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English bulldog, breed, characteristic, history and french bulldog puppies

A bulldog, more commonly known as the British Bulldog or the English bulldog, is a dog which, as the name suggests, hails from England.

Another popular Bulldog breed is the American Bulldog. French Bulldogs, which are also a member of the Bulldog family, appear similar to these American and English counterparts.

The Bulldog is a breed which is known for its thick shoulders that are characteristic to it. The brow of the bulldog settles down on thick blubber.

There are many folds of skin and muscle around the face and the neck of the bulldog. It also has a characteristically short muzzle and droopy lips with pointy teeth that are visible from the outside.

The Bulldog's history is an interesting one. It is said that they were first bred as crossbreeds between Pugs and Mastiffs.

However, the Pug was not known in Europe till the late sixteenth century and the Bulldogs were popular pets in Europe around mid sixteenth century. The Ancestry of the Bulldog is therefore disputed.

Bulldog puppies have a short and curly tail which remains like that and therefore unlike some of the other breeds, the tail doesn’t need to be cropped. For show dogs, if a bulldog puppy has a long tail, it is considered a very serious flaw. Though there is a lot of Bulldog information available everywhere, their sour expression that makes them look very surly, prevents a lot of people from bringing them into their homes. The truth however, is that the all the various breeds of Bulldog are very docile and friendly. Though they may not be as fast as some of the larger, more agile breeds, they can move extremely fast over short distances.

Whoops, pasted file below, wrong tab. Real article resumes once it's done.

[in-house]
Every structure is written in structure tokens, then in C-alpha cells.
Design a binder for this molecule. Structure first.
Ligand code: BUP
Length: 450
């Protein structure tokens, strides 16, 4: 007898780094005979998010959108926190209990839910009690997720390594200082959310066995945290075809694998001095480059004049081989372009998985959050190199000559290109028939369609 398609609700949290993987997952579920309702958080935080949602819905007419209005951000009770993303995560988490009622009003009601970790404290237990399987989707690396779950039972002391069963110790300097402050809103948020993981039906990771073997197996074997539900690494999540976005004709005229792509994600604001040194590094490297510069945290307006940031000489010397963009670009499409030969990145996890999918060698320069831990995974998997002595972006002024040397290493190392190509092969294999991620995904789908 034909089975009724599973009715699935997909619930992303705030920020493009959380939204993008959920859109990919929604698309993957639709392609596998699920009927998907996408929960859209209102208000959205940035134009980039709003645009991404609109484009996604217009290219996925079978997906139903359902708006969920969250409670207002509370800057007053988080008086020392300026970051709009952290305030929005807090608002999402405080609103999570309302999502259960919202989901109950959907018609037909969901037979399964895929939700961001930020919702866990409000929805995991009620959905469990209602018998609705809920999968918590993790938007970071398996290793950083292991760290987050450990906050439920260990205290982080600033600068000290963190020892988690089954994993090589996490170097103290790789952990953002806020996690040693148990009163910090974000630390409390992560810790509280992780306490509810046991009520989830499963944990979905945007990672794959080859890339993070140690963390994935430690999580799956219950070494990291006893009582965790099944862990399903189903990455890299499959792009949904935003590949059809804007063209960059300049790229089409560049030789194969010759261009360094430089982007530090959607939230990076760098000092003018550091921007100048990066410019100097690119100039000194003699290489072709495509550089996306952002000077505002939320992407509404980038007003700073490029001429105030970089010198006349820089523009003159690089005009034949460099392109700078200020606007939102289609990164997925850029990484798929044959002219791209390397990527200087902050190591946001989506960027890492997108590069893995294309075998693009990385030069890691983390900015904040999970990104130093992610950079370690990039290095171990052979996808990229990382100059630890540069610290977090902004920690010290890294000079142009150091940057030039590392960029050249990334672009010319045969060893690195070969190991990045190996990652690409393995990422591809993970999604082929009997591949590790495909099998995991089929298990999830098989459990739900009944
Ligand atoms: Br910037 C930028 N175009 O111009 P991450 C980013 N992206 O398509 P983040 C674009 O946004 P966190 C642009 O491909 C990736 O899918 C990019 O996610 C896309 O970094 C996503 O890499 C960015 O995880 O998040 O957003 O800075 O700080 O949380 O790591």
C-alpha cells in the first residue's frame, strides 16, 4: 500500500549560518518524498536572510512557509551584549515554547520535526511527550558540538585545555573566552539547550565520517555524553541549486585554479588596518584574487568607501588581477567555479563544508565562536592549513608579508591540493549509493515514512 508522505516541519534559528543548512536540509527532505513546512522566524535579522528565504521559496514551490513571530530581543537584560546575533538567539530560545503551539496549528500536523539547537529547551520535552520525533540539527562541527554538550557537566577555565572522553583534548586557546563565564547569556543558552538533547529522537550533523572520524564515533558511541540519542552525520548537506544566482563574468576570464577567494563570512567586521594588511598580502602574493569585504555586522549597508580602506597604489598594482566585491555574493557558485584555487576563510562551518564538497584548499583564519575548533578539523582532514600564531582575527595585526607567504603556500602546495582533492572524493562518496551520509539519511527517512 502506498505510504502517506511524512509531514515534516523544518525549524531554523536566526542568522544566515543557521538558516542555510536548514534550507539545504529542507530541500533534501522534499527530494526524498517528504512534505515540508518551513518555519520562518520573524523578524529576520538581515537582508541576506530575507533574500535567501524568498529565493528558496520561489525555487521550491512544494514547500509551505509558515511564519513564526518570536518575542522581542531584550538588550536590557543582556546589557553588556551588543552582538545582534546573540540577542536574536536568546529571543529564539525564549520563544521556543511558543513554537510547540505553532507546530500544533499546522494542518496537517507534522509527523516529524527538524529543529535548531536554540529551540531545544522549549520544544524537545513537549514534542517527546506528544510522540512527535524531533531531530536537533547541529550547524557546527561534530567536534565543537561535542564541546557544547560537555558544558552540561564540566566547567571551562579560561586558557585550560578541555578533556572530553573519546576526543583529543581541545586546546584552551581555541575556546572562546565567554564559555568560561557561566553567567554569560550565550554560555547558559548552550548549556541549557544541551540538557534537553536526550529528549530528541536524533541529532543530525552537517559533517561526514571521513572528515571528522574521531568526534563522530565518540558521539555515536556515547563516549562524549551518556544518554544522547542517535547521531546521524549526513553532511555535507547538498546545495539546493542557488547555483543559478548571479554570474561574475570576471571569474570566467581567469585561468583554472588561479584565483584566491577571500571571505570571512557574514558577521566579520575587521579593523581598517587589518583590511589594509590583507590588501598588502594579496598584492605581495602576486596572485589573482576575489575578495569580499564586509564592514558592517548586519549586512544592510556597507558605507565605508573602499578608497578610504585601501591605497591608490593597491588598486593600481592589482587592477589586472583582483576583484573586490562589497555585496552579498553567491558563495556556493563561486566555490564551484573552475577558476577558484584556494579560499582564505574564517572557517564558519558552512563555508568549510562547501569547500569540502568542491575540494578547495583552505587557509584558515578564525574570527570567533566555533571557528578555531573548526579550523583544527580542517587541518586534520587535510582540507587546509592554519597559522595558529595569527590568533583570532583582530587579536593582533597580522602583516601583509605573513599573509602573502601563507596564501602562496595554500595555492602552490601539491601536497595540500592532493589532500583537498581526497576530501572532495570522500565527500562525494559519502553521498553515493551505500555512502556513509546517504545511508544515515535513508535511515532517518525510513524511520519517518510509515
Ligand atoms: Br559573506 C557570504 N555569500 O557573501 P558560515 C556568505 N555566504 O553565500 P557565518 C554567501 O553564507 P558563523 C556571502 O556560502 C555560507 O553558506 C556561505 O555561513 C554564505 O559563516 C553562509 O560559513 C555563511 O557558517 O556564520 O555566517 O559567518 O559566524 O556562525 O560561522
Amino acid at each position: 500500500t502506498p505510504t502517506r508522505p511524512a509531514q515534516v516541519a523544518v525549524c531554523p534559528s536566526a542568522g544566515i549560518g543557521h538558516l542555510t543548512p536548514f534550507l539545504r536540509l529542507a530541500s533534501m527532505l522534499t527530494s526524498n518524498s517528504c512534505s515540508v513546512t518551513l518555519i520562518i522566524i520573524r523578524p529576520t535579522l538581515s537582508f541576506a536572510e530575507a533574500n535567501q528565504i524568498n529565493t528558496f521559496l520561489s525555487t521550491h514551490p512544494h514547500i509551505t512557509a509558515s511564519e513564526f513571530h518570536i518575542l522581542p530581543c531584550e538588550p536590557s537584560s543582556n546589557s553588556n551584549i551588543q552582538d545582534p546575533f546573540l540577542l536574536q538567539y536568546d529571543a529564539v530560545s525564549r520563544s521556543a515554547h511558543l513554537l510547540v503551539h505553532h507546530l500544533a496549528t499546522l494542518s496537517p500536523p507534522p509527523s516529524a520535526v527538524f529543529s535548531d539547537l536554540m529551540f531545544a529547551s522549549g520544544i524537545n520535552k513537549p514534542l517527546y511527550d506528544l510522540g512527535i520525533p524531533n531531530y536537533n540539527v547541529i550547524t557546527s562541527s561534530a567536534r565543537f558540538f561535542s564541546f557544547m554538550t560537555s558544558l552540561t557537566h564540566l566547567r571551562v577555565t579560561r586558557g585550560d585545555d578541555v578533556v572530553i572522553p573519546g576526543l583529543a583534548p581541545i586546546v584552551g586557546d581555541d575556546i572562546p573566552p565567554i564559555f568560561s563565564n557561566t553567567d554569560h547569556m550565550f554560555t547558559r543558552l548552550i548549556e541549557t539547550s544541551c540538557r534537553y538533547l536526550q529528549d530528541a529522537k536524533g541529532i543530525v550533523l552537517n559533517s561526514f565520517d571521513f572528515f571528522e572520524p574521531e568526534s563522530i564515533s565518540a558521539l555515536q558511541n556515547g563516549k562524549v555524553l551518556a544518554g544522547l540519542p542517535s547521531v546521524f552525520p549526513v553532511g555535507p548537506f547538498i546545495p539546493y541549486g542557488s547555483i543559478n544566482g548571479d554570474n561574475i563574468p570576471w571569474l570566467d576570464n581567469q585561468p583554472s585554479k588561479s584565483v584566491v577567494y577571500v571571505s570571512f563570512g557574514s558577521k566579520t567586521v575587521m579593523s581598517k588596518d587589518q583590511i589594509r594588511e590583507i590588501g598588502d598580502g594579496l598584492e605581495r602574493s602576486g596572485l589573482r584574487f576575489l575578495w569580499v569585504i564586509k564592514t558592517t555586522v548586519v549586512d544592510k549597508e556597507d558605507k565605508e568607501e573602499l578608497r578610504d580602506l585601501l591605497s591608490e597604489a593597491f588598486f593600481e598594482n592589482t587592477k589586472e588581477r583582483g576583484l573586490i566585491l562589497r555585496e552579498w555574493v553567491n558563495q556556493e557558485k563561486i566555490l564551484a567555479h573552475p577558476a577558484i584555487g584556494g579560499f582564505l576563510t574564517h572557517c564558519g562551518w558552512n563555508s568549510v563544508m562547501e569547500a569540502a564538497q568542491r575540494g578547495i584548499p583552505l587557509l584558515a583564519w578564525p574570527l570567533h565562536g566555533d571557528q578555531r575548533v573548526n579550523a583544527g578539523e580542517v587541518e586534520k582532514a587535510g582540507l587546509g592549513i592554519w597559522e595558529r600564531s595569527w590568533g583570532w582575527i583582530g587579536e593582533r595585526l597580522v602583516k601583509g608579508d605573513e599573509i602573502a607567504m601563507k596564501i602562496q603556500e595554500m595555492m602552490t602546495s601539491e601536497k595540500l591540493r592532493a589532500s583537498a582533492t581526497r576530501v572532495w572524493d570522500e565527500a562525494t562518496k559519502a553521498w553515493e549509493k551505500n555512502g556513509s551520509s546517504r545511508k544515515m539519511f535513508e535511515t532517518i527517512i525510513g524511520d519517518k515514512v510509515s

Both the English bulldog and the French bulldog puppies have a good temperament. However, sometimes, they may be extremely stubborn and willful too. The Bulldog personality is a very rare one. As menacing as they look, they become very attached to the family and the home they live in. In fact, they are so attached to their human companions that they seldom venture anywhere without their companions accompanying them. Their good nature allows them to get on well with children and other pets, if any.

Since bulldogs are not very large, they are suitable for both large houses and small apartments. Bulldogs can often be lazy, because their body structure doesn’t allow them to do a lot of activity. Therefore, they go along well with people who are a little less active. Bulldogs are much less excitable and are also much easier to train than other dogs.

  Submitted on June 1, 2010  

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